Archive for May 14th, 2011

1883: Joe Brady, the first of the Invincibles

Add comment May 14th, 2011 Headsman

“All patriots on earth must respect him (Joe Brady).”

-John Boyle O’Reilly

On this date in 1883, Britain set about the grim work of avenging the assassination of its Irish plenipotentiaries by hanging Joe Brady at Kilmainham Gaol.

“He was brought up as a stonemason,” the May 15, 1883 London Times recalled of the by-then-hanged man, “of herculean strength, his occupation developing the muscular power of his arms, which told with such terrible effect when he drove the knives into the bodies of his victims.”

Those knife-driven bodies belonged to Irish civil servant Thomas Henry Burke (a quisling figure, in the eyes of Irish nationalists) and the English politician Lord Frederick Cavendish, who were jumped while taking a stroll in a Dublin park on May 6, 1882.

The authors of their destruction — beyond Joe Brady, personally — were the splinter of radical Fenians known as “the Invincibles”, who figured on the vincibility of the collaborators and informers who made British control of Ireland possible. Especially their vincibility to stonemason-wielded surgical knives.

Efficient, and surely less than genteel, police work busted up the cell after those spectacular homicides, inducing leadership figures to turn state’s evidence against their subordinates. Four more men consequently hanged in the month following Brady’s execution. The stool pigeons got to walk.

History did not delay her verdict on these characters.

While Invincible-turned-informer James Carey was promptly murdered in retaliation, Brady et al joined nationalist mythology as martyrs who “died a Fenian blade.”

Ballad of Joe Brady

I am a bold undaunted youth, Joe Brady is my name,
From the chapel of North Anne Street one Sunday as I came,
All to my surprise who should I espy but Moreno and Cockade;
Says one unto the other: “Here comes our Fenian blade”.

I did not know the reason why they ordered me to stand,
I did not know the reason why they gave me such a command.
But when I saw James Carey there, I knew I was betrayed.
I’ll face death before dishonour and die a Fenian blade.

They marched me up North Anne Street without the least delay,
The people passed me on the path, it filled them with dismay.
My sister cried, “I see you Joe, if old Mallon gives me lave,
Keep up your heart for Ireland like a true-born Fenian Blade.

It happened in the Phoenix Park all in the month of May,
Lord Cavendish and Burke came out for to see the polo play.
James Carey gave the signal and his handkerchief he waved,
Then he gave full information against our Fenian blades.

It was in Kilmainham Prison the Invincibles were hung.
Mrs Kelly she stood there all in mourning for her son.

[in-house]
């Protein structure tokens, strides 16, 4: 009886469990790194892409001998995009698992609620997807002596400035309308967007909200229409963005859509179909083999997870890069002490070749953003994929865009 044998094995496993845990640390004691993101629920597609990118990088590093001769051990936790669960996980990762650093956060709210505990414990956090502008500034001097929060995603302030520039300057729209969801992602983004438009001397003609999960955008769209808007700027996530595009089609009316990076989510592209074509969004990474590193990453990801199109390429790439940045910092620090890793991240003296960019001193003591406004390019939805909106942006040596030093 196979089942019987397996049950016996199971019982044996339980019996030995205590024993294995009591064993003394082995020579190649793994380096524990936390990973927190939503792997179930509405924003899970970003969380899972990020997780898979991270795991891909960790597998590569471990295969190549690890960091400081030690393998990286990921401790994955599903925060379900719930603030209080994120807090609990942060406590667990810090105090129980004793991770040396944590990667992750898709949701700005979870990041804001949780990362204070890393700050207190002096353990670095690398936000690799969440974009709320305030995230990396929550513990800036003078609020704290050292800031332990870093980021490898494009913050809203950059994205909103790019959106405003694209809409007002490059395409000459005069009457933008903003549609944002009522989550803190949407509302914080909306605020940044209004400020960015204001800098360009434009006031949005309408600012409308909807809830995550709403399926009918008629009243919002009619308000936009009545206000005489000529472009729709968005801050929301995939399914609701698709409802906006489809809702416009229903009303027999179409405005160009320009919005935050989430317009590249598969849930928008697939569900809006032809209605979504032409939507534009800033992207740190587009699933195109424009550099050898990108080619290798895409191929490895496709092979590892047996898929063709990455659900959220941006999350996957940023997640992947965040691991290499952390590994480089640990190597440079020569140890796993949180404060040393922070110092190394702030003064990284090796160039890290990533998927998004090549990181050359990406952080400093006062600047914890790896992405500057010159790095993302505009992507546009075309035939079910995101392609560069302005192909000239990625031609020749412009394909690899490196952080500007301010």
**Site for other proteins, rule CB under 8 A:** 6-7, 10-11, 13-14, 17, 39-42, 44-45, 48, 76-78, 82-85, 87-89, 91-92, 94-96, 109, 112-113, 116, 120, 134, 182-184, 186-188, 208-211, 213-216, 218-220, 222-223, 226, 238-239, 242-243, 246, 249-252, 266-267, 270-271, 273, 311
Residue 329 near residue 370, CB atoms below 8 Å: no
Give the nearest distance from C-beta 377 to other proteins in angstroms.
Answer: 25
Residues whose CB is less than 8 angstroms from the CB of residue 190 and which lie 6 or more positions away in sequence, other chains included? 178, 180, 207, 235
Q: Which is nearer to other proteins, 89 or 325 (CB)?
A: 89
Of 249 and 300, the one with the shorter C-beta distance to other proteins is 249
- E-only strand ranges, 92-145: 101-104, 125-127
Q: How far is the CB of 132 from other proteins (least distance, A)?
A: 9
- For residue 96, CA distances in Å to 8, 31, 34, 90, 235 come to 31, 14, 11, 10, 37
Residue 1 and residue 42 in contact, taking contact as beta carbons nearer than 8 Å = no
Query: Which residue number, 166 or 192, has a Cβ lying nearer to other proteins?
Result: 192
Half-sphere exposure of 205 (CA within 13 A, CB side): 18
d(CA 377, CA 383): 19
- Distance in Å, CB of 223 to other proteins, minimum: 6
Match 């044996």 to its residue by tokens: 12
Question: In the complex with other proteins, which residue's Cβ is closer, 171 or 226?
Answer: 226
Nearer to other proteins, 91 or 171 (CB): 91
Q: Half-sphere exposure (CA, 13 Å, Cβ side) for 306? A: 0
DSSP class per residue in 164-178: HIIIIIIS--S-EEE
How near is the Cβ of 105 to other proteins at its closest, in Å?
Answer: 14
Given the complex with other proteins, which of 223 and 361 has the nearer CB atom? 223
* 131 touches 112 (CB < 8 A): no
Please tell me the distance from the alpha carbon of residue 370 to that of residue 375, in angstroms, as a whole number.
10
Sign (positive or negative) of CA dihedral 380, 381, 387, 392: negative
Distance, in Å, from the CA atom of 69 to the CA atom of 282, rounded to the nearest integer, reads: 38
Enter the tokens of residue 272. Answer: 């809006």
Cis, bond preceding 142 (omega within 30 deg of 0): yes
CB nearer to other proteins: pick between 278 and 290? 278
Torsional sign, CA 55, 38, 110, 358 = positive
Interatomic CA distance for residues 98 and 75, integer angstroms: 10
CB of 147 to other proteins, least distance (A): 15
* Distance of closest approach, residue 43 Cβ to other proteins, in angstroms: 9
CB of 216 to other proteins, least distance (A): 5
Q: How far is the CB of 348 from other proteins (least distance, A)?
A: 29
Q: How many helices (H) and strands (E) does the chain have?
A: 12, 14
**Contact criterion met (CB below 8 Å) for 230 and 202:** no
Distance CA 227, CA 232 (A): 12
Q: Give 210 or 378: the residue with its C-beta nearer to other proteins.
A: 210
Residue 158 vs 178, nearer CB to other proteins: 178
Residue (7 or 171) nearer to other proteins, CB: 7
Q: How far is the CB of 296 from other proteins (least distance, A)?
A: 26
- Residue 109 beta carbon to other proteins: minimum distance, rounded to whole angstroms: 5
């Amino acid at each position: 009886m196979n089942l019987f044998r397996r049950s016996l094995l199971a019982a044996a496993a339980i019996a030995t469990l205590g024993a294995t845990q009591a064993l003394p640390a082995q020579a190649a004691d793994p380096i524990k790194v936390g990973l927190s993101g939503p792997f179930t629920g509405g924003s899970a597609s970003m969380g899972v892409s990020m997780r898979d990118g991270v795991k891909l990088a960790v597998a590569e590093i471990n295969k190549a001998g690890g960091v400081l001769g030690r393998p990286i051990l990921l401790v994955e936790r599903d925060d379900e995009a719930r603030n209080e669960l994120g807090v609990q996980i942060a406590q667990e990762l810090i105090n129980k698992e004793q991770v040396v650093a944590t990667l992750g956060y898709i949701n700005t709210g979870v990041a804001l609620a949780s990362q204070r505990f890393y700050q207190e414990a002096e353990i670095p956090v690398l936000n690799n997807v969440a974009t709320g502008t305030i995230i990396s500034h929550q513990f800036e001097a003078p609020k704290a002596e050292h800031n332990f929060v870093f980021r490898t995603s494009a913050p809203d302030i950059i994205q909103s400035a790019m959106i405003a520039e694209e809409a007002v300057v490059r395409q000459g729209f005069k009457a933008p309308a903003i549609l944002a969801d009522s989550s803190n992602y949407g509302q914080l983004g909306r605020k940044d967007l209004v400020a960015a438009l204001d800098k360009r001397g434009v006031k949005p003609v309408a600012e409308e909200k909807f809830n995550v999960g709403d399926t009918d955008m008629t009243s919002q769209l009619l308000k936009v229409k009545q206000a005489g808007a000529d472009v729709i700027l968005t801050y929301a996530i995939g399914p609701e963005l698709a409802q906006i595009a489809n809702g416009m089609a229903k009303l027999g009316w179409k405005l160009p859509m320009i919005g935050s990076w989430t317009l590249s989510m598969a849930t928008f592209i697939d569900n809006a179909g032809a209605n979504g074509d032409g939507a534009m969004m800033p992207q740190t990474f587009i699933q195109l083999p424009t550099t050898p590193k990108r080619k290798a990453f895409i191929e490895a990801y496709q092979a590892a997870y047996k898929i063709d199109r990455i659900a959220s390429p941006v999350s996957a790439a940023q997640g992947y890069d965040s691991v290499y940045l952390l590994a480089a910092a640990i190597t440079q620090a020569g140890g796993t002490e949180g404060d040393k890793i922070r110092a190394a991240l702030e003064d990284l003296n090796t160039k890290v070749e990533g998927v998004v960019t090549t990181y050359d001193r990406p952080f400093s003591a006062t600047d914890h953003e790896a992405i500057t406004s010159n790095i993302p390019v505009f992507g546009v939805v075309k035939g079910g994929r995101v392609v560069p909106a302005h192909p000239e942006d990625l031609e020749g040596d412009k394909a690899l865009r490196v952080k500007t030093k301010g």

She threw back her shawl and said to all:
“Though he fills a lime-pit grave,
My son was no informer and he died a Fenian blade.”

And if the Times‘ report (the same May 15 article) is to be believed (reporters weren’t actually allowed to witness the execution itself), Brady wore that invincible conviction to the scaffold.

“Up to the last moment,” the paper reported, “he retained the animal courage which he displayed in the deed itself, which, though dastardly as regards the unarmed men whom he attacked, was daring in its other circumstances.”

Speaking of animal courage.

Our man Brady, very famous in Ireland around the turn of the century, makes a little appearance in the referential soup of James Joyce’s Ulysses* for animal spirits of a different sort: a conversation about his hanging provides the departure point for a Joycean meander into the phenomenon of scaffold priapism.

–There’s one thing it hasn’t a deterrent effect on, says Alf.

–What’s that? says Joe.

–The poor bugger’s tool that’s being hanged, says Alf.

–That so? says Joe.

–God’s truth, says Alf. I heard that from the head warder that was in

Kilmainham when they hanged Joe Brady, the invincible. He told me when they cut him down after the drop it was standing up in their faces like a poker.

–Ruling passion strong in death, says Joe, as someone said.

–That can be explained by science, says Bloom. It’s only a natural phenomenon, don’t you see, because on account of the …

And then he starts with his jawbreakers about phenomenon and science and this phenomenon and the other phenomenon.

The distinguished scientist Herr Professor Luitpold Blumenduft tendered medical evidence to the effect that the instantaneous fracture of the cervical vertebrae and consequent scission of the spinal cord would, according to the best approved tradition of medical science, be calculated to inevitably produce in the human subject a violent ganglionic stimulus of the nerve centres of the genital apparatus, thereby causing the elastic pores of the CORPORA CAVERNOSA to rapidly dilate in such a way as to instantaneously facilitate the flow of blood to that part of the human anatomy known as the penis or male organ resulting in the phenomenon which has been denominated by the faculty a morbid upwards and outwards philoprogenitive erection IN ARTICULO MORTIS PER DIMINUTIONEM CAPITIS.

* As was Brady’s getaway driver James “Skin-the-Goat” Fitzharris, who became a national celebrity by serving a long prison sentence for refusing to inform on anyone.

On this day..

Entry Filed under: 19th Century,Activists,Arts and Literature,Assassins,Capital Punishment,Cycle of Violence,Death Penalty,England,Execution,Hanged,History,Ireland,Martyrs,Murder,Notable for their Victims,Occupation and Colonialism,Separatists,Terrorists

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